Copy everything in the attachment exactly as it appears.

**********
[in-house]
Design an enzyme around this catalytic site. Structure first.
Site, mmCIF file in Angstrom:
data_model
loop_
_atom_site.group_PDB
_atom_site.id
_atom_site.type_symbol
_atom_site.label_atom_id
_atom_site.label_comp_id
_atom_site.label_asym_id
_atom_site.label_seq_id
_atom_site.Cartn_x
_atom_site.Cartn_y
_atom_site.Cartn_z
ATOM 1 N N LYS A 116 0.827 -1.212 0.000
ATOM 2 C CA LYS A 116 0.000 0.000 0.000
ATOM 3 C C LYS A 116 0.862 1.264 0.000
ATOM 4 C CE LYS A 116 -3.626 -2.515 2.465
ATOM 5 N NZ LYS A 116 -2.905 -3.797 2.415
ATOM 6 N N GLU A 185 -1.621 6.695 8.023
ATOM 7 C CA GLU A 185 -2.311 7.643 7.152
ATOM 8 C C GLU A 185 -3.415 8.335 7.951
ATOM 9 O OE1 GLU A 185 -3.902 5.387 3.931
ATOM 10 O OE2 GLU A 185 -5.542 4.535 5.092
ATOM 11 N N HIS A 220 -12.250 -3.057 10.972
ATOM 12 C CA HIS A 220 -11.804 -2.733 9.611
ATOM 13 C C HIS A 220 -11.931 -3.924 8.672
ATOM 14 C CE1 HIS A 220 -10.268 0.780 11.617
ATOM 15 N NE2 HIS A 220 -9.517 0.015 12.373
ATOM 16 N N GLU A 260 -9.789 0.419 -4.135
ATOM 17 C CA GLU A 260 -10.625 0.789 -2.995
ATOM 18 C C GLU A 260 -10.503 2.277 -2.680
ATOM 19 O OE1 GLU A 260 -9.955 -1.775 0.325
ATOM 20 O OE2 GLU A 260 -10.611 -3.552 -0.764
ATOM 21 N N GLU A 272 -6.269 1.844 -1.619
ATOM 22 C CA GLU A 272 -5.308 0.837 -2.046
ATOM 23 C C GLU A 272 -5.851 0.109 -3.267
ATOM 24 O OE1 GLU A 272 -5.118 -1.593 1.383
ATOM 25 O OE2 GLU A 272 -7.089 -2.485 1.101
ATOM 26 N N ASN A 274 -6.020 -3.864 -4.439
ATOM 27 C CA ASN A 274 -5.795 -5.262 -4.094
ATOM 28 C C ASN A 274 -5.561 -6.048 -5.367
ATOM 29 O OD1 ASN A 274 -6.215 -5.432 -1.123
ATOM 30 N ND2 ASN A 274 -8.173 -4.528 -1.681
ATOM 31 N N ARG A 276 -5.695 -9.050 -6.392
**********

[in-house]
Design an enzyme around this catalytic site. Structure first.
Site, mmCIF file in Angstrom:
data_model
loop_
_atom_site.group_PDB
_atom_site.id
_atom_site.type_symbol
_atom_site.label_atom_id
_atom_site.label_comp_id
_atom_site.label_asym_id
_atom_site.label_seq_id
_atom_site.Cartn_x
_atom_site.Cartn_y
_atom_site.Cartn_z
ATOM 1 N N LYS A 116 0.827 -1.212 0.000
ATOM 2 C CA LYS A 116 0.000 0.000 0.000
ATOM 3 C C LYS A 116 0.862 1.264 0.000
ATOM 4 C CE LYS A 116 -3.626 -2.515 2.465
ATOM 5 N NZ LYS A 116 -2.905 -3.797 2.415
ATOM 6 N N GLU A 185 -1.621 6.695 8.023
ATOM 7 C CA GLU A 185 -2.311 7.643 7.152
ATOM 8 C C GLU A 185 -3.415 8.335 7.951
ATOM 9 O OE1 GLU A 185 -3.902 5.387 3.931
ATOM 10 O OE2 GLU A 185 -5.542 4.535 5.092
ATOM 11 N N HIS A 220 -12.250 -3.057 10.972
ATOM 12 C CA HIS A 220 -11.804 -2.733 9.611
ATOM 13 C C HIS A 220 -11.931 -3.924 8.672
ATOM 14 C CE1 HIS A 220 -10.268 0.780 11.617
ATOM 15 N NE2 HIS A 220 -9.517 0.015 12.373
ATOM 16 N N GLU A 260 -9.789 0.419 -4.135
ATOM 17 C CA GLU A 260 -10.625 0.789 -2.995
ATOM 18 C C GLU A 260 -10.503 2.277 -2.680
ATOM 19 O OE1 GLU A 260 -9.955 -1.775 0.325
ATOM 20 O OE2 GLU A 260 -10.611 -3.552 -0.764
ATOM 21 N N GLU A 272 -6.269 1.844 -1.619
ATOM 22 C CA GLU A 272 -5.308 0.837 -2.046
ATOM 23 C C GLU A 272 -5.851 0.109 -3.267
ATOM 24 O OE1 GLU A 272 -5.118 -1.593 1.383
ATOM 25 O OE2 GLU A 272 -7.089 -2.485 1.101
ATOM 26 N N ASN A 274 -6.020 -3.864 -4.439
ATOM 27 C CA ASN A 274 -5.795 -5.262 -4.094
ATOM 28 C C ASN A 274 -5.561 -6.048 -5.367
ATOM 29 O OD1 ASN A 274 -6.215 -5.432 -1.123
ATOM 30 N ND2 ASN A 274 -8.173 -4.528 -1.681
ATOM 31 N N ARG A 276 -5.695 -9.050 -6.392